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Green misery: a step forwards

post #1 of 5
Thread Starter 

Green misery, but a learning experience.

 

I’ve got the golf bag, the shoes, the balls and Ts, the hats for sun and rain, the ‘brelly for drizzle, and power snack food for noon.  Lots of other gear in packback, including cold weather and wind protection. Did not bring the mittens. I had 2 hrs and 15 mins to get to the course and so I hopped onto the bus at 8 am. Then transfer all the gear and self onto the light rail line and finally into the mini-bus.  Done in 90 minutes, which is good. I have no car and never seem to need one.

 

These past weeks I have practicing the advice, via book, of the late  Mr. Percy Boomer in regards the putting stroke. The 2 principal voices I have heard are these: in putting ‘how much strength to roll the ball 4 yards? Practically none; therefore the tension in our muscular system should be practically nil’.  And ‘Dead strength must be the objective. Putt so that if the hole were not there your ball would stop dead on the spot it occupies.’

 

So I dutifully practiced very soft hands and wrists and always striving to keep the forearms tension free. And I practice rolling the ball just a distance, never trying to hole it. I often set 2 yellow balls a grip width apart and from 4 to 20 feet putt the ball to stop exactly between the yellows.  And I found that lingering and hovering over the putt did not help to keep the hands soft as even keeping the club head off the ground requires muscular effort.  Thus on the green, firstly I find the line I want, then I set the club head very close behind the ball with the center mark of the head directly centered at mid-ball.  I must contact the ball in its center for consistent result. Mr. Willie Park, former great putter, imagined a thumb-tack in the precise center of the ball and ‘drove the tack home’ every time.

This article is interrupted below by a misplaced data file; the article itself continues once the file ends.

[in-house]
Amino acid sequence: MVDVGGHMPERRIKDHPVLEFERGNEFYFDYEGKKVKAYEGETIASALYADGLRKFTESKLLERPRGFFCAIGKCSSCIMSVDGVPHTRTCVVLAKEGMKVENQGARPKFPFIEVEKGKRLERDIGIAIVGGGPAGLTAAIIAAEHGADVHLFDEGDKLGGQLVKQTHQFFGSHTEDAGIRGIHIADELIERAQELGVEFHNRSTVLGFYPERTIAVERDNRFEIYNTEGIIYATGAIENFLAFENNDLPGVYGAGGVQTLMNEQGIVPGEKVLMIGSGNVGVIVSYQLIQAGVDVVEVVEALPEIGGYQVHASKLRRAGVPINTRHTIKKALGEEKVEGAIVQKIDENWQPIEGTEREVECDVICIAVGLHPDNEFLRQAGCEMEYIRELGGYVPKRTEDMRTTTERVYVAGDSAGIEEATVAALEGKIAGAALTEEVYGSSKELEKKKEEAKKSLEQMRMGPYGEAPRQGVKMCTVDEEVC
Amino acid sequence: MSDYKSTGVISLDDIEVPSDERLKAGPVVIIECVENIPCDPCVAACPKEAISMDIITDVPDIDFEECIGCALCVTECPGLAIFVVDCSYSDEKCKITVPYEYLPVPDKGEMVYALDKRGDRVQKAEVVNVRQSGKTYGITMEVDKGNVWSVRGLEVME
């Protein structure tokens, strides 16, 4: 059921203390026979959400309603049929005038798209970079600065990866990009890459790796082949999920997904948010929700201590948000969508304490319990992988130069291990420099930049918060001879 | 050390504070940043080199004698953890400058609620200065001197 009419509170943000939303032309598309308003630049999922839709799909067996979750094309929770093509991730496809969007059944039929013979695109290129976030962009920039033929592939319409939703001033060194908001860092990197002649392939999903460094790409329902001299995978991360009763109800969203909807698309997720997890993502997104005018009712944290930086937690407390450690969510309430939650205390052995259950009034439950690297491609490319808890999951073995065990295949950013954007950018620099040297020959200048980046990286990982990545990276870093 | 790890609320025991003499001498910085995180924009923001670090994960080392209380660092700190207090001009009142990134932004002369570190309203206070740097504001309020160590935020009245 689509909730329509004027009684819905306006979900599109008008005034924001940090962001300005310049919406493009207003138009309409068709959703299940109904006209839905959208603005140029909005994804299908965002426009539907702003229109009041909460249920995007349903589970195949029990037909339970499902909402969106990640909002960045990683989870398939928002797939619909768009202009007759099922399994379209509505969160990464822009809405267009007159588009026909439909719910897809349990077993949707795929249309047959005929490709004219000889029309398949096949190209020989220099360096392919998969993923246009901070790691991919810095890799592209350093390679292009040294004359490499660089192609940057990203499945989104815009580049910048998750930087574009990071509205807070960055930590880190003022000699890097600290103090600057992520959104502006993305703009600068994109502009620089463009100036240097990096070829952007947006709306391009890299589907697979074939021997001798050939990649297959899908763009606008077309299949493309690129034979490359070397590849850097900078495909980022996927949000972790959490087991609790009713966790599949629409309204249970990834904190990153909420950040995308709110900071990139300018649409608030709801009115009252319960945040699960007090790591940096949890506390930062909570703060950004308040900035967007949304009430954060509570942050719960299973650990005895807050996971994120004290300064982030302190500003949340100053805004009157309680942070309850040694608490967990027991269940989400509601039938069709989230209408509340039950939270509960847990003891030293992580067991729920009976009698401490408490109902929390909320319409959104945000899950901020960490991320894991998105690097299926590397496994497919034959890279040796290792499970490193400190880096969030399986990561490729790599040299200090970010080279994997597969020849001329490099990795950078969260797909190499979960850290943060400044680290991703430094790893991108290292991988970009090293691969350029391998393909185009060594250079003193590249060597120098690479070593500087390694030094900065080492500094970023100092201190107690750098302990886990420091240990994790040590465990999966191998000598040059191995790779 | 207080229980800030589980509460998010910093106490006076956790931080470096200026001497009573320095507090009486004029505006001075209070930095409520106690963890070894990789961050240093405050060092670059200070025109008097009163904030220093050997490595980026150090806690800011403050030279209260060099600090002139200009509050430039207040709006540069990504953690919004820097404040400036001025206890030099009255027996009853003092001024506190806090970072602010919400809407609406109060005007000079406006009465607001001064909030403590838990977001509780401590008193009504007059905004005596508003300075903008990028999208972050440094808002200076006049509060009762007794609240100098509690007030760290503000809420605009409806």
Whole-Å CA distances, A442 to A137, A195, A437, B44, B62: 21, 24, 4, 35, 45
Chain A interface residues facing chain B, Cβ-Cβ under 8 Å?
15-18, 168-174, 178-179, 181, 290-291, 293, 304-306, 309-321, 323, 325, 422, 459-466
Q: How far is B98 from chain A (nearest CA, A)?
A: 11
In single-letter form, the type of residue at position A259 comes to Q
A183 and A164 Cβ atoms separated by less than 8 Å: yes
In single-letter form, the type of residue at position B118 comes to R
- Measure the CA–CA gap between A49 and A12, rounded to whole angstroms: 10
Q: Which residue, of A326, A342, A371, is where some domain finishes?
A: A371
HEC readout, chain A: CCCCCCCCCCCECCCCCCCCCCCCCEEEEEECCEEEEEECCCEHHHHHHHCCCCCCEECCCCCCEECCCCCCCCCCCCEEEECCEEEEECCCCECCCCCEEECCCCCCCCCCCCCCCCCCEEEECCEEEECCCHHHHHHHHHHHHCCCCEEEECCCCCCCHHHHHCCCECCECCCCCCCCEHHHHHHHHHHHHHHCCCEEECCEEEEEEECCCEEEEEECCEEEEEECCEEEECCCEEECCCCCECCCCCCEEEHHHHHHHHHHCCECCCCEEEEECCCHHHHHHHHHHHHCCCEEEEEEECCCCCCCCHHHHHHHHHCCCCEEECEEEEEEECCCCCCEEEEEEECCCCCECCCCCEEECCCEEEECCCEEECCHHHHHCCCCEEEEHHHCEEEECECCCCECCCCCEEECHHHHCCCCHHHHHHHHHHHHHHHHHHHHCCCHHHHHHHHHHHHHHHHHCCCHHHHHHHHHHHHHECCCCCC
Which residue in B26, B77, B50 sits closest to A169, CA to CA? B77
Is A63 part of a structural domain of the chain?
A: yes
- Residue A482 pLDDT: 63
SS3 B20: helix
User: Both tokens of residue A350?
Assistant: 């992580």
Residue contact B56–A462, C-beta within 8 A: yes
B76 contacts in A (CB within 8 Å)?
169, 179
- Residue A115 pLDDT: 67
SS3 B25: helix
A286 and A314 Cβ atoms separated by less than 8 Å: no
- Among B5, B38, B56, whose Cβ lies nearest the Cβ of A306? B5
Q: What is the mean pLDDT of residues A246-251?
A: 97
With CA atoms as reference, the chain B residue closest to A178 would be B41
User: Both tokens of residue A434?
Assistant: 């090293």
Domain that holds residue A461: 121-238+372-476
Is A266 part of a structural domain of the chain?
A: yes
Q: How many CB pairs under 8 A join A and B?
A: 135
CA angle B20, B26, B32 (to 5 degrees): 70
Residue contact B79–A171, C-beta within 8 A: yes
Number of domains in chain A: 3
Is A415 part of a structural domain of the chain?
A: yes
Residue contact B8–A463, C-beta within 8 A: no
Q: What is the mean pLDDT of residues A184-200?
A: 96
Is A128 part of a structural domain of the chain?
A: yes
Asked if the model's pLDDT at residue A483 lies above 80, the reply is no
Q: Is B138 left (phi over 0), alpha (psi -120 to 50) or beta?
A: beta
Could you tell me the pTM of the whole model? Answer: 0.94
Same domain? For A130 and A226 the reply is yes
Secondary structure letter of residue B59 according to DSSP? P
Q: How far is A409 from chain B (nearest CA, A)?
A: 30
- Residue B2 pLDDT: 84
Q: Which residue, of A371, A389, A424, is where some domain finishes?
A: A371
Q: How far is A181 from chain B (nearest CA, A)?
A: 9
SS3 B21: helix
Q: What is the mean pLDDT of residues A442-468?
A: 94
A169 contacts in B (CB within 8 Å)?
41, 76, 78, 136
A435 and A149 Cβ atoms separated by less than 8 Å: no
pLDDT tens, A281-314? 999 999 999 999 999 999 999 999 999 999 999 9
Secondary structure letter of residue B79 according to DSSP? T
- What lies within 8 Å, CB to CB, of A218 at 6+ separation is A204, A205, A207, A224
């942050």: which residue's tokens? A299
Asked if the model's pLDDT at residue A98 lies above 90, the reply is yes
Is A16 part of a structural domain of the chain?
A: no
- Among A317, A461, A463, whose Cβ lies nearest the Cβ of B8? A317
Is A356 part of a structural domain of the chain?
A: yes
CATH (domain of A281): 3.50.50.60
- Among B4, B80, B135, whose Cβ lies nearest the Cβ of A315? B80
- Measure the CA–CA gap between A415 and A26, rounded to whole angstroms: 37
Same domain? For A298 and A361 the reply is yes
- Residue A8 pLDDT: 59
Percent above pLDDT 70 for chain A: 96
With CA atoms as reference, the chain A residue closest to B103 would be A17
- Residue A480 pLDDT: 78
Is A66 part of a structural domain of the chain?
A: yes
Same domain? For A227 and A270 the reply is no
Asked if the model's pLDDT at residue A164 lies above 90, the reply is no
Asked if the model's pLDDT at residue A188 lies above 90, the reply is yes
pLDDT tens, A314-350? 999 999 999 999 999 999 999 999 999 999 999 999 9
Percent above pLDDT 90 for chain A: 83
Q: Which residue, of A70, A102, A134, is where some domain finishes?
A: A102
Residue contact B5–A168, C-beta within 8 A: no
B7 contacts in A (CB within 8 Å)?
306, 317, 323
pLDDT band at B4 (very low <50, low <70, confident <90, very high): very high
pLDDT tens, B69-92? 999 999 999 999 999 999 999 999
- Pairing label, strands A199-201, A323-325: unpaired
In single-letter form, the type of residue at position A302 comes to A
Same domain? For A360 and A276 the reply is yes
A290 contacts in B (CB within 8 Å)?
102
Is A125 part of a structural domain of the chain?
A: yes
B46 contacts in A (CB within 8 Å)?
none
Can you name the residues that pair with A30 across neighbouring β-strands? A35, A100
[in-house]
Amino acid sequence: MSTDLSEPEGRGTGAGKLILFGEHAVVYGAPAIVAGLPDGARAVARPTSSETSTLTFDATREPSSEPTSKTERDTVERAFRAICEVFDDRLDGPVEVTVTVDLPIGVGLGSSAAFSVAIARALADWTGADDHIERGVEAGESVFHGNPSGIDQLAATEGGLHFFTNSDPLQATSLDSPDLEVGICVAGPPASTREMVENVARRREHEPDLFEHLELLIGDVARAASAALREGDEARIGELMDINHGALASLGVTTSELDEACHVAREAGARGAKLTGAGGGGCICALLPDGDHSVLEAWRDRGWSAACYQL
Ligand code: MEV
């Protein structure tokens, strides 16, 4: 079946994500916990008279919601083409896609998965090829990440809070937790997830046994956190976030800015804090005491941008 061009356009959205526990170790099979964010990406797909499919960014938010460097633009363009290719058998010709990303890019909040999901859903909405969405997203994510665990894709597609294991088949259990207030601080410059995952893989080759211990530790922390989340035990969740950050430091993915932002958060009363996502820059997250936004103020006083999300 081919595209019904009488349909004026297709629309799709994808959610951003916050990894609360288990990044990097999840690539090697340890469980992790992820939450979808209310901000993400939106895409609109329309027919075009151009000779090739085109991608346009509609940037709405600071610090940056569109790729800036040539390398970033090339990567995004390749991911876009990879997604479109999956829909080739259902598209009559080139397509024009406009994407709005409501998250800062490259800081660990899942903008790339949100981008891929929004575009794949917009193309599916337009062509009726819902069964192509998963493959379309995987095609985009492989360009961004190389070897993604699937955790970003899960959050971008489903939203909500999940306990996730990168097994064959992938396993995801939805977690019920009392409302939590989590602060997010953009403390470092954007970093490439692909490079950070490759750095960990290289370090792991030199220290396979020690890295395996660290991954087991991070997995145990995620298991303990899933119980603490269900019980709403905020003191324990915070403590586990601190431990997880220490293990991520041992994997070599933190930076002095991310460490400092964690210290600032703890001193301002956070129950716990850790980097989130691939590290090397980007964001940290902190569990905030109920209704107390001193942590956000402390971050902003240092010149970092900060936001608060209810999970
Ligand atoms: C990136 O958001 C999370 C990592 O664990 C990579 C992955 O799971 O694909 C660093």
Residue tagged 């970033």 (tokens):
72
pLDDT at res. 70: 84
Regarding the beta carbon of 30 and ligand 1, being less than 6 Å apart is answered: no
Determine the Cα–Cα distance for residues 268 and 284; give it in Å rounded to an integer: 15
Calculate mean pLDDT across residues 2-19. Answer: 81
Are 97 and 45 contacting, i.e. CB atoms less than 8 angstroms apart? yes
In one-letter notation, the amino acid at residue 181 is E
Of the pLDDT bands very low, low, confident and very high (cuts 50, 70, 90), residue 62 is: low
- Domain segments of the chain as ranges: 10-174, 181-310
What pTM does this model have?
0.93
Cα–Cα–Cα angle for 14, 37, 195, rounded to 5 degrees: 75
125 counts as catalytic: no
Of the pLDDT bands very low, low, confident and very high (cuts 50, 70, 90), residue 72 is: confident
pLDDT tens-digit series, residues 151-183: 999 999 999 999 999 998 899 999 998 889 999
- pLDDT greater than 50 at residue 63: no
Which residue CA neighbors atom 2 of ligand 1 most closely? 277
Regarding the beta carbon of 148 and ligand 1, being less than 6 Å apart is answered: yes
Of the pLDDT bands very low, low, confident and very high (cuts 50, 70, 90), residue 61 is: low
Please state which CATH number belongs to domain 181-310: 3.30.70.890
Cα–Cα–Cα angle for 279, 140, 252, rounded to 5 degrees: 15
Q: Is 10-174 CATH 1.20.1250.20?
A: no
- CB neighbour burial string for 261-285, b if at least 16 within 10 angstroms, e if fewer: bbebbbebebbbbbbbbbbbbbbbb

That’s what I want too. Every time I want to putt the ball dead center and with dead strength.  But damn, it ain’t so easy to get there. And the practice green is not the real thing any more than the insulated musical practice cubicle is Carnegie Hall.

 

How about the game on the green yesterday? Only fair in results and even 4 putted 2x, which is death. Here’s what happened.  I was overly focused on my new-found technique which kept my mind overly active and ‘tense’.  I could accept a line, and often way wrong, and set the putter but then the simple task of rolling the ball collapsed into a complex shifting vision of ‘correct or incorrect’. When I am faced with any kind of such questions in golf, such as ‘is this the right club’, ‘should I chip or pitch’, ‘can I drive over the lake’, does the line break this way or that’, I set in motion in myself a torrent of confidence robbing self doubt.  If my overall golf goal is tension free through the hips and spine, tension free in the shoulders and arms, and tension free in the wrists and fingers, then all self doubt must be banished.  My lifetime is probably too short to accomplish this task in total but it is my goal to do as well as possible.

 

Next time on the practice green I will work on the physical techniques and cultivate a ‘soft mental’ approach.  

post #2 of 5

Thanks for the post.  I find it hard to leave mechanics behind on the course when I am trying something new as well.  

post #3 of 5

The best thing I have done for my putting game is to forget the "mechanics" of the putting stroke.  After reading Dave Stockton's book Unconscious Putting a few times back-to-back, my #1 focus is speed.  I don't even look at the ball anymore, jut a spot an inch or two in front of the ball.  I focus on speed, and rolling the ball over that spot.  My putting has improved beyond my wildest imagination.  I can't wait for the snow to melt on the course now.   

post #4 of 5

Agreed. I don't even take a practice stroke anymore when addressing the ball.  Sometimes I do when looking down the line when others are setting up to putt.  But I've found with practice, that my  first stroke is generally best for speed anyway.  Focus on target and speed only.  I liked Stockton's book as well.

post #5 of 5

I apologize, but I don't see any step forward in your post.

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